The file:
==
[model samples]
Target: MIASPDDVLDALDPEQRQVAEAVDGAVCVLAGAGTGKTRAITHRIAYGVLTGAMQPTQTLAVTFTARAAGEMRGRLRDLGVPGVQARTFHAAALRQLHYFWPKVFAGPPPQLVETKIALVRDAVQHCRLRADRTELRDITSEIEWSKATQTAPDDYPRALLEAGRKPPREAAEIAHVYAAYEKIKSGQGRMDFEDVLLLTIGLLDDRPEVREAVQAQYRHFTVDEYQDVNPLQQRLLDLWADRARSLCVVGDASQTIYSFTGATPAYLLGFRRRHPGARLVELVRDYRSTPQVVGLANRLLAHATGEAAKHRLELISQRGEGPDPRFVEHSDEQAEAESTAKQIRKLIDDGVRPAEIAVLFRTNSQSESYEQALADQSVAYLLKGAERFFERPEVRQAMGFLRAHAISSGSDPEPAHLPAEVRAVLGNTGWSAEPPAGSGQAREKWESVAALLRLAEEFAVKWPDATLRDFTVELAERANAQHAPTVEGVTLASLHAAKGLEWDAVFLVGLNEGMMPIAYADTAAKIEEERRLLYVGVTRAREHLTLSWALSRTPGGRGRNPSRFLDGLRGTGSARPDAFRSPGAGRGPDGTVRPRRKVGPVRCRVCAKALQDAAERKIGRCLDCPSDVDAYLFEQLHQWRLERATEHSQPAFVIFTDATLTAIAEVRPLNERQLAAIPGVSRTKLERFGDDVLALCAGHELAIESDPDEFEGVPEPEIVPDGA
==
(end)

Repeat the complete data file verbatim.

[model samples]
Target: MIASPDDVLDALDPEQRQVAEAVDGAVCVLAGAGTGKTRAITHRIAYGVLTGAMQPTQTLAVTFTARAAGEMRGRLRDLGVPGVQARTFHAAALRQLHYFWPKVFAGPPPQLVETKIALVRDAVQHCRLRADRTELRDITSEIEWSKATQTAPDDYPRALLEAGRKPPREAAEIAHVYAAYEKIKSGQGRMDFEDVLLLTIGLLDDRPEVREAVQAQYRHFTVDEYQDVNPLQQRLLDLWADRARSLCVVGDASQTIYSFTGATPAYLLGFRRRHPGARLVELVRDYRSTPQVVGLANRLLAHATGEAAKHRLELISQRGEGPDPRFVEHSDEQAEAESTAKQIRKLIDDGVRPAEIAVLFRTNSQSESYEQALADQSVAYLLKGAERFFERPEVRQAMGFLRAHAISSGSDPEPAHLPAEVRAVLGNTGWSAEPPAGSGQAREKWESVAALLRLAEEFAVKWPDATLRDFTVELAERANAQHAPTVEGVTLASLHAAKGLEWDAVFLVGLNEGMMPIAYADTAAKIEEERRLLYVGVTRAREHLTLSWALSRTPGGRGRNPSRFLDGLRGTGSARPDAFRSPGAGRGPDGTVRPRRKVGPVRCRVCAKALQDAAERKIGRCLDCPSDVDAYLFEQLHQWRLERATEHSQPAFVIFTDATLTAIAEVRPLNERQLAAIPGVSRTKLERFGDDVLALCAGHELAIESDPDEFEGVPEPEIVPDGA